• $\begingroup$ The way I understand it a byzantine lieutenant A decides his vote (let's say "Attack" and sends it to all the other generals), similary the other generals do the same. Now, if all the loyal generals decide to "attack" and all the traitors "retreat", then when each loyal general receives the 3m+1 bit vector that contain the votes of all the other generals, he can easily figure out which action to take as long as the traitors are in the minority (less than 1/2 of the rest). I am not able to see why it should be less than 1/3. Even in the case where m=1, for 1 general to decide, the traitors... $\endgroup$ Sep 10, 2012 at 9:04
  • $\begingroup$ (contd...) should be in the minority of the remaining (and since there can be 1 general and 1 traitor, the traitor is not in the minority and the 1/2 condition is not satisfied). I think I misunderstand a vital part of this problem. When the general sends the message, have none of the lieutenants have decided their course of action? $\endgroup$ Sep 10, 2012 at 9:07
  • $\begingroup$ Oh I just re-read your post, missed this part: I think your miss-conception lies in the assumption m+1 loyal generals should vote the same way. Why should this hold? I think I may have misunderstood how each general/lieutenant decides his vote. I assumed they all have a strategy that they each individually want to follow at the beginning, before voting. During voting, their strategies may change if the majority vote is against their strategy. So, in short, are you saying that it is possibly that 1/2 the loyal generals may vote "attack" and 1/2 may choose "defence" at the very beginning? $\endgroup$ Sep 10, 2012 at 9:10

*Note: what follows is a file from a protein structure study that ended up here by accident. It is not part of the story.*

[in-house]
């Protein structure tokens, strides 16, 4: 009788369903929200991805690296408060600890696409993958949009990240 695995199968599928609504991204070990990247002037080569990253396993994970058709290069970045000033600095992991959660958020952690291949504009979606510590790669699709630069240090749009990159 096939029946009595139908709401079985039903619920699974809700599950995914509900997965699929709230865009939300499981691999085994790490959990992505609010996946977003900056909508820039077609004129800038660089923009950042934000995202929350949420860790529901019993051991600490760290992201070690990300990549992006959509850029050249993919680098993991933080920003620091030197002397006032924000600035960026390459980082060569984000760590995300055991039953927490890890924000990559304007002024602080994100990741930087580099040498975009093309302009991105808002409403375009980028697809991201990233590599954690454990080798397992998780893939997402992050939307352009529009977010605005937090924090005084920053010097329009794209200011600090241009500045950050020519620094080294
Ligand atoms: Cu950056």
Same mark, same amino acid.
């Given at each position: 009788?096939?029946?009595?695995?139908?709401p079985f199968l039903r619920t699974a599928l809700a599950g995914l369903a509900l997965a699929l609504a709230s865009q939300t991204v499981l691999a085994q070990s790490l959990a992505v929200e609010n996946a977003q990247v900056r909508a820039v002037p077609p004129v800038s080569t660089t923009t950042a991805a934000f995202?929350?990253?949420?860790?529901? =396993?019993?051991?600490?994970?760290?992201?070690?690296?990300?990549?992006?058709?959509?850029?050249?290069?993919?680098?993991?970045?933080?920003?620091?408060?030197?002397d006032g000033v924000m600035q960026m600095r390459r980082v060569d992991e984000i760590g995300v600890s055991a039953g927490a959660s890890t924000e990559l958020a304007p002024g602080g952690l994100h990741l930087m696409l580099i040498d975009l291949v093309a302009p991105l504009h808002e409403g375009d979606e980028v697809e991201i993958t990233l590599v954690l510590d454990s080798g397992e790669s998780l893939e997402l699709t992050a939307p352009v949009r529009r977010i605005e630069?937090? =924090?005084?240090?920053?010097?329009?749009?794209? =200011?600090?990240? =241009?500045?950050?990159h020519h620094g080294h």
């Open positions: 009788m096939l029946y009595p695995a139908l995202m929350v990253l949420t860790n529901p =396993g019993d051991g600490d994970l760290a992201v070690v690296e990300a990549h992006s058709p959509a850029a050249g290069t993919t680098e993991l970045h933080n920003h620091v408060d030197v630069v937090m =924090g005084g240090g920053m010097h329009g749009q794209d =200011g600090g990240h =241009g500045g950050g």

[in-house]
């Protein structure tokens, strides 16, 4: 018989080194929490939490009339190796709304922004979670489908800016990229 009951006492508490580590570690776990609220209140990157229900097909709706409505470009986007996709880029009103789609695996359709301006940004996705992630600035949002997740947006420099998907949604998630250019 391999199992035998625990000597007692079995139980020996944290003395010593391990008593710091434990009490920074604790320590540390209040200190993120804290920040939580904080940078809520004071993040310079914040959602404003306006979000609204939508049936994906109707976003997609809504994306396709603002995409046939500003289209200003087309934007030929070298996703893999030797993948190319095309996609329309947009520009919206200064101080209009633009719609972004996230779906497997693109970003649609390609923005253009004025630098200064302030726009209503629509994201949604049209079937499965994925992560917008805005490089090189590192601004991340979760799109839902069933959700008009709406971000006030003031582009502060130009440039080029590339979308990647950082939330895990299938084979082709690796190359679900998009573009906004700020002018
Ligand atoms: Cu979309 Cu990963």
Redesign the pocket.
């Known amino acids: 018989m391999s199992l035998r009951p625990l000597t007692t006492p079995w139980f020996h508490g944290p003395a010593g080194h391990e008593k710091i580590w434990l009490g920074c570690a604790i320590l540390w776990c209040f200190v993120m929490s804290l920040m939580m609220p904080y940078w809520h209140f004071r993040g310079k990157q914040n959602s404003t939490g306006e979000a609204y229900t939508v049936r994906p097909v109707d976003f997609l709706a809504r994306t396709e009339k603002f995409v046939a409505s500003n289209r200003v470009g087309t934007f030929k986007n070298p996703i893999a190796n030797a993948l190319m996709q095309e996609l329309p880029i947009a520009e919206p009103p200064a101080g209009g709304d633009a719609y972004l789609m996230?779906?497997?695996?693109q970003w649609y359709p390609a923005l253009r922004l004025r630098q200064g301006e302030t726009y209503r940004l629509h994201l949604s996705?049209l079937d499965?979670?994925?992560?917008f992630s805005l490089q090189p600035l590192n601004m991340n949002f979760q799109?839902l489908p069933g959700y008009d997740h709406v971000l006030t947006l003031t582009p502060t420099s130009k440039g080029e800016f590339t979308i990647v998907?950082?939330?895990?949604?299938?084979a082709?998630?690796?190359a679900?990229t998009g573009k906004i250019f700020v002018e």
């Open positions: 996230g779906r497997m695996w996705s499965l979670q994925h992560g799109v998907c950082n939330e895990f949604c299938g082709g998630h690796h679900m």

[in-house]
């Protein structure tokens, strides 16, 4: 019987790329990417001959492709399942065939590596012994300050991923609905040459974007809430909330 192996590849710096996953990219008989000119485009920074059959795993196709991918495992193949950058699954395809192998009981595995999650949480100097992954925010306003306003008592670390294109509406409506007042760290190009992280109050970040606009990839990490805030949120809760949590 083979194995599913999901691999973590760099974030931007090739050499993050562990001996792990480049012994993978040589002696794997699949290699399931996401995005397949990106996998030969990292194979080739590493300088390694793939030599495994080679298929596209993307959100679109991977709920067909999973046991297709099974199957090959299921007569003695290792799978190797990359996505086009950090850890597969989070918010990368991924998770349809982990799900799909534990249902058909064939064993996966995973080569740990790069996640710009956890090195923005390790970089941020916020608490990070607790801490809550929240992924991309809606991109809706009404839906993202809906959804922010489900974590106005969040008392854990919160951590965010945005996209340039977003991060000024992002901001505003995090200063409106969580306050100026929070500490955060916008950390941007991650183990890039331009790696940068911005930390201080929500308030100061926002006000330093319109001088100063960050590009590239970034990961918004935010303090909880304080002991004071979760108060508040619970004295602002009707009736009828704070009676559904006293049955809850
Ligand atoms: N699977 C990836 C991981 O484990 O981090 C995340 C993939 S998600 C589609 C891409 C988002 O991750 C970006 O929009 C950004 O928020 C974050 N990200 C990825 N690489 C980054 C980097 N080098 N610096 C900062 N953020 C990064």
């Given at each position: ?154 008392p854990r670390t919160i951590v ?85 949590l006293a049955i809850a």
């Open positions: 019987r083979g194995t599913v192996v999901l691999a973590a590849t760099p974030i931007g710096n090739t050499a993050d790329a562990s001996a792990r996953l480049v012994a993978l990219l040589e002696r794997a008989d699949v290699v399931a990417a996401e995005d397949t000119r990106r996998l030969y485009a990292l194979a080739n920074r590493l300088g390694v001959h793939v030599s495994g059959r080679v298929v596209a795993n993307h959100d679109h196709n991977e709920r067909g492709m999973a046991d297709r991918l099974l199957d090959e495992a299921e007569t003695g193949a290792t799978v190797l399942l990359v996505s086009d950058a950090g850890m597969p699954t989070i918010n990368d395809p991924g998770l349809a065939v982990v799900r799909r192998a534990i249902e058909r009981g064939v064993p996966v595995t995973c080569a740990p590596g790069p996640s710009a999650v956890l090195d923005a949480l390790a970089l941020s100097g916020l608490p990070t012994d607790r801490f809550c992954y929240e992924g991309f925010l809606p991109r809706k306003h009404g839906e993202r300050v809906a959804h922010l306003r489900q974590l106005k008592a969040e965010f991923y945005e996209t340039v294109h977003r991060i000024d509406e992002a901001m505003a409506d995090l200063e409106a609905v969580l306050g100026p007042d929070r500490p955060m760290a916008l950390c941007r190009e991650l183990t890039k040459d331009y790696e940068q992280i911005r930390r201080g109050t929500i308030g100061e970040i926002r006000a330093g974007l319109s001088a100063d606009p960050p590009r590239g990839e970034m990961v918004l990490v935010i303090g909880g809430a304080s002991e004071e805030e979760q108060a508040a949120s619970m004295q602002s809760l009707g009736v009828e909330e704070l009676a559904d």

• $\begingroup$ @IngridMorstrad: Yes, initially, we can have any number of generals who prefer "attack" (with the rest preferring to "retreat"). $\endgroup$
    – subsub
    Sep 11, 2012 at 10:01
  • $\begingroup$ Could you tell me how to modify the algorithm I've written in steps 1)2) and 3) above so that it is correct? I had actually tried to write the 'correct' algorithm as I understood it, but can't seem to pinpoint where I've gone off the right track. $\endgroup$ Sep 12, 2012 at 4:03